Chlamydia is one of the most common sexually transmitted infection (STI) in the world. It affects both women and men, but it has more lasting effects on women. It can permanently damage a woman’s reproductive system which will make it difficult or impossible for them to get pregnant later. It’s dangerous for pregnant women because it can cause fatal ectopic pregnancy – when the fetus is implanted outside of the uterus.
What is Chlamydia?
Chlamydia is caused by a bacterium known as trachomatis. You can catch this bacterium by having vaginal, oral, or anal sex with someone who’s infected with chlamydia. In women, it can happen in the cervix, throat, or rectum. Men can be infected in their rectum, throat, or urethra inside the penis. The transfer of the bacteria can happen even without ejaculation.
Like other STIs, chlamydia doesn’t always show any symptoms. Sometimes, it takes weeks for symptoms to appear. Either way, the bacteria can damage your reproductive system. It’s contagious despite symptoms. Women with chlamydia can witness abnormal vaginal discharge that may have a strong smell. They can have a burning sensation when they urinate. They can also experience pain during sexual intercourse. When the infection spreads, it will cause abdominal pain, nausea, or fever.
Men with chlamydia can witness discharge from their penis. They can have a burning sensation when they urinate. They can have pain and swelling in one of both testicles. They will also experience burning and itching sensations on or around the penis area. Symptoms in the rectum are similar in both women and men. This can happen either by anal sex or the infection spreading from other infected sites like the vagina or penis. Chlamydia in the rectum causes rectal pain, discharge, or bleeding.
You should visit a doctor and get tested if you notice any of these symptoms. Other common STI symptoms include bleeding between menstrual periods and unusual sore. You should get tested if you have any doubts.
Chlamydia can cause long-term problems for infected people who don’t get treated. The infection can spread throughout your body. In women, it can affect your uterus and fallopian tubes and cause pelvic inflammatory disease (PID). PID can cause infertility, pelvic pain, and ectopic pregnancy. It will infect the baby during delivery. If you get chlamydia multiple times, the damages in your reproductive systems will increase.
Most men affected by chlamydia don’t get health problems. However, many become infected in the epididymis – the tube that carries sperm. It will become inflamed and cause scrotal pain and swelling, fever, and in rare cases, infertility. The infection can spread to the prostate gland and cause painful urination and lower back pain. Men can sometimes experience pain during or after sex. People with chlamydia can develop Reiter’s syndrome which is reactive arthritis. It will affect joints, eye, and urethra. Having chlamydia put you at higher risk to get other STIs such as HIV.
Chlamydia and all other STIs are primarily transferred during unprotected sex with someone who’s infected. The first prevention method is abstinence. People who don’t have anal, oral, and vaginal sex will not get infected with an STI. However, most people are sexually active. If you’re sexually active, you must use a condom every time you have sex to prevent catching any STIs. It’s important to know how to use the condom the right way. Misusing a condom is as dangerous as not using one at all.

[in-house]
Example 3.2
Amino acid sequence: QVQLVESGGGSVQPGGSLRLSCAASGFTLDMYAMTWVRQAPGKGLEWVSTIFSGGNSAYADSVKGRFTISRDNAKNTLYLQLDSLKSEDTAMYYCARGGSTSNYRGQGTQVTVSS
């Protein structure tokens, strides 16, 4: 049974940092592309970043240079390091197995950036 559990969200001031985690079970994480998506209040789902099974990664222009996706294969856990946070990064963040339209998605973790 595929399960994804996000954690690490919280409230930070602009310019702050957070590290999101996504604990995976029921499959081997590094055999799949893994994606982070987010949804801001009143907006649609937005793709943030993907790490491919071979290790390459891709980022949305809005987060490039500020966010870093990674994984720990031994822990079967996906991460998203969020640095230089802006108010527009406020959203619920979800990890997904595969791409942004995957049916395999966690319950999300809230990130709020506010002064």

Another method is to practice long-term monogamy. Monogamy is to be sexually active with only one person over an extended period of time. People who are in monogamous relationships only need to be tested once, when they first get together. If the tests are negative, they just must trust each other and stay together to guarantee that they don’t get infected. Chlamydia is most common among sexually active young people due to behavioral and biological factors. Gay or bisexual men are also at high risks of getting chlamydia. You can still get chlamydia if you had previously been infected and treated. Douching also increases your chances of getting infected since it destroys the good bacteria in the vagina.
It’s important for pregnant women to get tested for chlamydia during their first prenatal checkups. The infection can cause them to have the baby too early which will decrease the chances of the baby surviving. The mother can give chlamydia to their newborn during childbirth. A baby born with the chlamydia infection will have an eye infection or pneumonia. It’s important to get tested regularly if you’re a sexually active person with multiple sexual partners. You should also get tested regularly if you’re in monogamous relationship with someone who’s infected. Pregnant women and gay men should also get tested.
Chlamydia is curable with antibiotics. Once you’ve been tested positive with the infection, your doctor will prescribe the cure. The doctor can prescribe the one-dose pill or the pill that you must take for about five to ten days. Both medicines will cure the infection. However, you should abstain from sexual activities until the treatment is completely. You can resume your sexual activities after at least seven days. Your partner should also be treated even if they don’t show any symptoms. If you have the pill to take over a couple of days, you must take it regularly and take all of them.
You shouldn’t share your pills with anyone else. Missing one dosage can cause the treatment to fail. The pill can protect you from having long-term problems if taken early. However, if the infection already damaged your reproductive system, the medicine cannot reverse the damages. It’s important to know that you can get reinfected. You should be tested about three months after your treatment. You should be using a condom properly for the first few weeks after treatment because the bacteria can keep being transferred back and forth between partners.